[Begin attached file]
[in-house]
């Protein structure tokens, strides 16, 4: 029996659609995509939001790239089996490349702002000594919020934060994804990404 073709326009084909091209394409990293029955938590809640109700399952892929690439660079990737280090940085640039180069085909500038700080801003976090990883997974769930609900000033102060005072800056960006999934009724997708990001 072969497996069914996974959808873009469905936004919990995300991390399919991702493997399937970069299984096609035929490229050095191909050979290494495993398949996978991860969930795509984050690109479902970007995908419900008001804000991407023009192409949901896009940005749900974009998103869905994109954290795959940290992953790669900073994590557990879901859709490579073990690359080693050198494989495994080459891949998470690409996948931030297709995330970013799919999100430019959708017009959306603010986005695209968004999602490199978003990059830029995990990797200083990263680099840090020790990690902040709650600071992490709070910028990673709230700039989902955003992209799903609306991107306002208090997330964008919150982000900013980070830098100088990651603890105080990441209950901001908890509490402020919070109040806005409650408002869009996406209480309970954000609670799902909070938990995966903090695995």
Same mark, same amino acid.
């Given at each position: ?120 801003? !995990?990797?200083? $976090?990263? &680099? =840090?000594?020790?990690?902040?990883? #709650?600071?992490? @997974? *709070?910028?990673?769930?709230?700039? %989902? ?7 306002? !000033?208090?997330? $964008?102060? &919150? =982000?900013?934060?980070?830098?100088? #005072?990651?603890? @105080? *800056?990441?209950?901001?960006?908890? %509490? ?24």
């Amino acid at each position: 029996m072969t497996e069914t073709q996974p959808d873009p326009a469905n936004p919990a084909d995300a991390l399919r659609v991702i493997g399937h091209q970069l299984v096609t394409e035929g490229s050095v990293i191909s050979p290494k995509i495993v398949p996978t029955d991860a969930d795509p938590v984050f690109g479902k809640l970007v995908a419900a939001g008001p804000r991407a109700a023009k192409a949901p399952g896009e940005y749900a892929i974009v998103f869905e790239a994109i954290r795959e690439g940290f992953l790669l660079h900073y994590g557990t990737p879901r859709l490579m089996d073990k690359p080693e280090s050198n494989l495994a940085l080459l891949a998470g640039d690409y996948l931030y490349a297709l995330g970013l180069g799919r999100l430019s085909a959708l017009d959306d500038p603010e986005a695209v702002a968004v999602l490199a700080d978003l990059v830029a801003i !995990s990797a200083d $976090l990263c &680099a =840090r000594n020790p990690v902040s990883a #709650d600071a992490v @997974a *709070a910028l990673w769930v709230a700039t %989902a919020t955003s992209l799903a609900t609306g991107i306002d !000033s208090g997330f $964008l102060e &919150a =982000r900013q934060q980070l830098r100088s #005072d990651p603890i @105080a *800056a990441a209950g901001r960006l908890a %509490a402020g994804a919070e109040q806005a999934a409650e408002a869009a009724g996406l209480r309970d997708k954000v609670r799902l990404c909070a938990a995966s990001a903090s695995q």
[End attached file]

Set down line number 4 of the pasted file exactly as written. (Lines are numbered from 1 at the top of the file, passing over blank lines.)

């Given at each position: ?120 801003? !995990?990797?200083? $976090?990263? &680099? =840090?000594?020790?990690?902040?990883? #709650?600071?992490? @997974? *709070?910028?990673?769930?709230?700039? %989902? ?7 306002? !000033?208090?997330? $964008?102060? &919150? =982000?900013?934060?980070?830098?100088? #005072?990651?603890? @105080? *800056?990441?209950?901001?960006?908890? %509490? ?24």